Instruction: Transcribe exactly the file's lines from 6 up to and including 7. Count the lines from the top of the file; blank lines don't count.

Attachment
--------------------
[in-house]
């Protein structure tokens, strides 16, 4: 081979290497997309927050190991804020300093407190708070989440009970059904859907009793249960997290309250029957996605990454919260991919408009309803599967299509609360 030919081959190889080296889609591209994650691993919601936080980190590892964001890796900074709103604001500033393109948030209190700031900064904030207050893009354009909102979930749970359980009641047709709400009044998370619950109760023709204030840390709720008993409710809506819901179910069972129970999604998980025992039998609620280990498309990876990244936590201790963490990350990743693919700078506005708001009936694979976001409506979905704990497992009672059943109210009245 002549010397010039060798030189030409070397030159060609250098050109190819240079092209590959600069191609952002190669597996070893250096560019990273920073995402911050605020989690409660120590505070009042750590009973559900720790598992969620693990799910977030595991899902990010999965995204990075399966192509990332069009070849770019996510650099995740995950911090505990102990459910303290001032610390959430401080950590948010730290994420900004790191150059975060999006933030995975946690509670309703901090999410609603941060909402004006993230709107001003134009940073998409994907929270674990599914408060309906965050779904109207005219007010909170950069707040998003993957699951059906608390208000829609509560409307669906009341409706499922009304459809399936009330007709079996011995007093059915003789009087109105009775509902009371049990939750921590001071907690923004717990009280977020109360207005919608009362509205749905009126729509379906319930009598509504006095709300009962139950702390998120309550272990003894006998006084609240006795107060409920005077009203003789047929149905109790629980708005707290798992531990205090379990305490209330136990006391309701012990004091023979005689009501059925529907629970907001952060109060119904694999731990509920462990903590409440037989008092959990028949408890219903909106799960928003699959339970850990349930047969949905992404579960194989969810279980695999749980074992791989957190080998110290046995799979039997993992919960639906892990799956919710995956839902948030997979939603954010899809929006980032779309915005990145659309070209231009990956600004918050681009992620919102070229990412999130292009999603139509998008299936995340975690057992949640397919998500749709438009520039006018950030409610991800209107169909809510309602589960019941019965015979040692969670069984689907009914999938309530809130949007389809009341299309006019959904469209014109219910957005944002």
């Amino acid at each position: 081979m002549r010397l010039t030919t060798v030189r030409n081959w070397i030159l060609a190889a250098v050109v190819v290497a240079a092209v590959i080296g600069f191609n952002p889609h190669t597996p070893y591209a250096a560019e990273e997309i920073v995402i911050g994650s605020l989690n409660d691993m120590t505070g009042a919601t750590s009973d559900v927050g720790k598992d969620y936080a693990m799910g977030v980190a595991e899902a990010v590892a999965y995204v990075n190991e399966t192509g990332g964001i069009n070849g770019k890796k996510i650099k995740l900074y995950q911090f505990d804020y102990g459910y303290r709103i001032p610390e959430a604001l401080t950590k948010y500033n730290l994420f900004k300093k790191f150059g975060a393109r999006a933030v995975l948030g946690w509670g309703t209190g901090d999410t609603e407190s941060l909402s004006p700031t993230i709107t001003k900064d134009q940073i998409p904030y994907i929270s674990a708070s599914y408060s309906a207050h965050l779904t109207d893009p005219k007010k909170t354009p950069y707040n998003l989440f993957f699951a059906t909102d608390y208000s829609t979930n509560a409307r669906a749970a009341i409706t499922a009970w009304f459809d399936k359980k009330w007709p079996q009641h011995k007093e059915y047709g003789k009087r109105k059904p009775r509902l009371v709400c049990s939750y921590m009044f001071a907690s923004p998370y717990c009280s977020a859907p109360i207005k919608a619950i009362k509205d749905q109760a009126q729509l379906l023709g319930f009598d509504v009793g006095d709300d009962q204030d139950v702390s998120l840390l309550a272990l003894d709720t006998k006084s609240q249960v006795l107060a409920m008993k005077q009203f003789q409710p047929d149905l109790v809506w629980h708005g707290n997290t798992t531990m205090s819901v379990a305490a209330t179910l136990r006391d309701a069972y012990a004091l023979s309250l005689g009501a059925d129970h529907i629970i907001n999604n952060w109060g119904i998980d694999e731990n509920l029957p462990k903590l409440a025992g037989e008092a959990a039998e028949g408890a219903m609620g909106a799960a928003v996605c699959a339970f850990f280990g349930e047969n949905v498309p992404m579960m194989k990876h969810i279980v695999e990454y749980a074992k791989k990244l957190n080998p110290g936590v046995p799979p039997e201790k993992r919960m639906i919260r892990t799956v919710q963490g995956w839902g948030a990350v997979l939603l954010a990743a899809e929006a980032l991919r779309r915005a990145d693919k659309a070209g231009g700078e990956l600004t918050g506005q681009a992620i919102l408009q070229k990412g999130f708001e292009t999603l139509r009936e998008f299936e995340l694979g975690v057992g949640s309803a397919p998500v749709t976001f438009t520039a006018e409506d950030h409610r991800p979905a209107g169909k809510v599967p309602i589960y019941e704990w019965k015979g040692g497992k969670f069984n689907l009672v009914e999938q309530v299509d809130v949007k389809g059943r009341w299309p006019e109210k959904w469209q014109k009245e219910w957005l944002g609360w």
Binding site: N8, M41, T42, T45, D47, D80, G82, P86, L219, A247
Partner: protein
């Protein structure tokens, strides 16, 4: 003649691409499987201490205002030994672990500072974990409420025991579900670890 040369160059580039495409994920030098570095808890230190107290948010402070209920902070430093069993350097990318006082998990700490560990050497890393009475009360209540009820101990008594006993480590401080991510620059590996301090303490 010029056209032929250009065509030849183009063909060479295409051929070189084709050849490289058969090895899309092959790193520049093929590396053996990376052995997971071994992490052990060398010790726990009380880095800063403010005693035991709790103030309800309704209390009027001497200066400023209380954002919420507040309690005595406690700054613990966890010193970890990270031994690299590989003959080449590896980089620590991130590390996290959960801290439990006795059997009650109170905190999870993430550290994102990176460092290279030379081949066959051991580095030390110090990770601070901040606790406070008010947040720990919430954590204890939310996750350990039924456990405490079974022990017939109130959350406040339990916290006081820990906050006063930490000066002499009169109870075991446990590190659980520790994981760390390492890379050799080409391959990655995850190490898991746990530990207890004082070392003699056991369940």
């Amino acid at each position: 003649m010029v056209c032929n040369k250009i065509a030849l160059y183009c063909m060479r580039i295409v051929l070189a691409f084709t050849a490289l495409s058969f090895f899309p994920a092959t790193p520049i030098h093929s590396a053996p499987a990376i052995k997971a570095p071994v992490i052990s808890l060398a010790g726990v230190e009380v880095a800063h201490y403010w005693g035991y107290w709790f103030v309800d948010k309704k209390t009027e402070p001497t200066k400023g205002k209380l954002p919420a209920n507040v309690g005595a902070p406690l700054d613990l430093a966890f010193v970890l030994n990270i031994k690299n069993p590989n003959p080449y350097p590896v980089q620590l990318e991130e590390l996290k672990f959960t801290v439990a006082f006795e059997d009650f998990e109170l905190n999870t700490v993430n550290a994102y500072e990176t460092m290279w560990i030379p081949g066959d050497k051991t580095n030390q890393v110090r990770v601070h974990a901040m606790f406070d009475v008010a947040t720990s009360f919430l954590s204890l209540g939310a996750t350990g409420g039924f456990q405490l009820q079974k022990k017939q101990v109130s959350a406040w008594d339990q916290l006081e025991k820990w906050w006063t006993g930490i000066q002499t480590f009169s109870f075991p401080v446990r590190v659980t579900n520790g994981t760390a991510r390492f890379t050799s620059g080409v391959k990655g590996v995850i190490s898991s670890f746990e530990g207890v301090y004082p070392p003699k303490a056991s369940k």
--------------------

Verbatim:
């Protein structure tokens, strides 16, 4: 003649691409499987201490205002030994672990500072974990409420025991579900670890 040369160059580039495409994920030098570095808890230190107290948010402070209920902070430093069993350097990318006082998990700490560990050497890393009475009360209540009820101990008594006993480590401080991510620059590996301090303490 010029056209032929250009065509030849183009063909060479295409051929070189084709050849490289058969090895899309092959790193520049093929590396053996990376052995997971071994992490052990060398010790726990009380880095800063403010005693035991709790103030309800309704209390009027001497200066400023209380954002919420507040309690005595406690700054613990966890010193970890990270031994690299590989003959080449590896980089620590991130590390996290959960801290439990006795059997009650109170905190999870993430550290994102990176460092290279030379081949066959051991580095030390110090990770601070901040606790406070008010947040720990919430954590204890939310996750350990039924456990405490079974022990017939109130959350406040339990916290006081820990906050006063930490000066002499009169109870075991446990590190659980520790994981760390390492890379050799080409391959990655995850190490898991746990530990207890004082070392003699056991369940």
């Amino acid at each position: 003649m010029v056209c032929n040369k250009i065509a030849l160059y183009c063909m060479r580039i295409v051929l070189a691409f084709t050849a490289l495409s058969f090895f899309p994920a092959t790193p520049i030098h093929s590396a053996p499987a990376i052995k997971a570095p071994v992490i052990s808890l060398a010790g726990v230190e009380v880095a800063h201490y403010w005693g035991y107290w709790f103030v309800d948010k309704k209390t009027e402070p001497t200066k400023g205002k209380l954002p919420a209920n507040v309690g005595a902070p406690l700054d613990l430093a966890f010193v970890l030994n990270i031994k690299n069993p590989n003959p080449y350097p590896v980089q620590l990318e991130e590390l996290k672990f959960t801290v439990a006082f006795e059997d009650f998990e109170l905190n999870t700490v993430n550290a994102y500072e990176t460092m290279w560990i030379p081949g066959d050497k051991t580095n030390q890393v110090r990770v601070h974990a901040m606790f406070d009475v008010a947040t720990s009360f919430l954590s204890l209540g939310a996750t350990g409420g039924f456990q405490l009820q079974k022990k017939q101990v109130s959350a406040w008594d339990q916290l006081e025991k820990w906050w006063t006993g930490i000066q002499t480590f009169s109870f075991p401080v446990r590190v659980t579900n520790g994981t760390a991510r390492f890379t050799s620059g080409v391959k990655g590996v995850i190490s898991s670890f746990e530990g207890v301090y004082p070392p003699k303490a056991s369940k």